Continue reading “Awesome Friday Movie Podcast: ‘Kate’ & ‘Cruella’”
I am, if I am totally honest, not even sure where to begin. Kate, the upcoming action film from Netflix, has a killer lead actress, a killer premise, looks gorgeous and falls entirely flat at every turn. If it were not for some stylistic flourishes –which are problematic in their own right– I don’t know if I’d have anything nice to say about it.
Continue reading “Review: ‘Kate’ has a killer premise that you have definitely seen before”
It has been a long time coming, but (as of this writing) the 25th James Bond film No Time to Die will finally be released on September 30th 2021, in the UK and on October 8th, 2021, here in North America. That gives you about a month to catch up on the franchise, and here’s where you can do just that! Below you’ll find links to buy, rent, or stream each of the 24 official (and 2 non-official) James Bond films.
Continue reading “Home Video: Where to Buy, Rent, or Stream Every James Bond Movie”
It’s hard to believe that the September 11th attacks were 20 years ago this month. It was an event that scarred the American psyche and that the country has been trying to reckon with through art ever since. We remember vividly things, such as the images of debris-covered civilians fleeing the scene or the American flag hanging over the ruins. There are things we don’t remember so well also, though, such as the September 11th Victim Compensation Fund which was created by an act of Congress just days after the attacks with an end goal of stopping the victims from suing the airlines involved.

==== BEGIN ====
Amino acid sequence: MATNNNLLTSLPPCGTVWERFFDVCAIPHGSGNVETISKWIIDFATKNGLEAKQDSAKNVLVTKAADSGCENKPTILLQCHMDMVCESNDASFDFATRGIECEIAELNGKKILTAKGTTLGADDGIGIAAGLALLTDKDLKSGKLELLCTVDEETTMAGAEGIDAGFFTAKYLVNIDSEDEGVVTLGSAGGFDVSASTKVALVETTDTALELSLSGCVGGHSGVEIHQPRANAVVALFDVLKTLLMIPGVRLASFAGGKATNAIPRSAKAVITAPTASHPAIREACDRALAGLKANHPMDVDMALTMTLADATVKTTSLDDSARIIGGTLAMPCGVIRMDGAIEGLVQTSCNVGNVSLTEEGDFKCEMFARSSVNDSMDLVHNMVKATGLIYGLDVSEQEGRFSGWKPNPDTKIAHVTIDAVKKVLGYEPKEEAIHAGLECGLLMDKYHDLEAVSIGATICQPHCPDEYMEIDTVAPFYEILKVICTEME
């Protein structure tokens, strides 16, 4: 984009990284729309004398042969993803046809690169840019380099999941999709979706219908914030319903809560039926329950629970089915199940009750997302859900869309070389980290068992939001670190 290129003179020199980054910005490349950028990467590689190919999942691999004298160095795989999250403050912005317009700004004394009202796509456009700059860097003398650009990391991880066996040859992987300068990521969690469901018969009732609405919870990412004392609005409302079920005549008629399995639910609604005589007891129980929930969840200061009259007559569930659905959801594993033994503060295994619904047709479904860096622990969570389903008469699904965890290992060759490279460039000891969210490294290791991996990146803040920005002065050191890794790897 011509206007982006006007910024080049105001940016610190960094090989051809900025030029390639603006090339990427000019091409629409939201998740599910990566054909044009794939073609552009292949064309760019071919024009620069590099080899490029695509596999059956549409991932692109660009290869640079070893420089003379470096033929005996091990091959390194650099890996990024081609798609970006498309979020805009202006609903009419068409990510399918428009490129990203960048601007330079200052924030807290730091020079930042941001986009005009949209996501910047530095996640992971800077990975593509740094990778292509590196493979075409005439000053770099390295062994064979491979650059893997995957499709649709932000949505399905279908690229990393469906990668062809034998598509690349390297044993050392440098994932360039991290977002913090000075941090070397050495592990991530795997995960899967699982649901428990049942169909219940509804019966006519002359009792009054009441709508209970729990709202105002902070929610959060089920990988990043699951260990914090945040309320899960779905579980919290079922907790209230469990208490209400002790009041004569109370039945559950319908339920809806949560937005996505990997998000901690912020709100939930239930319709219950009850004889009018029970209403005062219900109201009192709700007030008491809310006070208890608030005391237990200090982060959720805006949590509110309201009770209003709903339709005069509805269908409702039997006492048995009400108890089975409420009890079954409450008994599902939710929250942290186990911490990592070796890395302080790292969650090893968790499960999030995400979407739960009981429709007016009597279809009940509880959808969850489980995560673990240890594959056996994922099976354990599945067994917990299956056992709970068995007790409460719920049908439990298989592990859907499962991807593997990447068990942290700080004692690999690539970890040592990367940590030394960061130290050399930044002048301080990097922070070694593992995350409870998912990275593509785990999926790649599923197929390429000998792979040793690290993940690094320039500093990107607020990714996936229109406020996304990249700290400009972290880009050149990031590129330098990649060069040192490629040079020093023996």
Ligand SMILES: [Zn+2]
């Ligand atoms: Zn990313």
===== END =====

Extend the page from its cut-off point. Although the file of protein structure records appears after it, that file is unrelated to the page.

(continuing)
Worth tells the story of Ken Feinberg and the administration of that fund, from its inception through the struggles to bring all the victims families on board and to its final resolution and payout to nearly 97% of them. If this sounds like it’s a little dry, well, you’re not entirely wrong.
Continue reading “Review: ‘Worth’ is worth seeing for Michael Keaton alone”
Greetings programs! it’s that time of the week: Awesome Friday, on a Sunday. On this weeks episode of the podcast we’re taking on two new theatrical releases: Candyman, from director Nia DaCosta and Marvel’s Shang-Chi and the Legend of the Ten Rings from director Destin Daniel Cretton.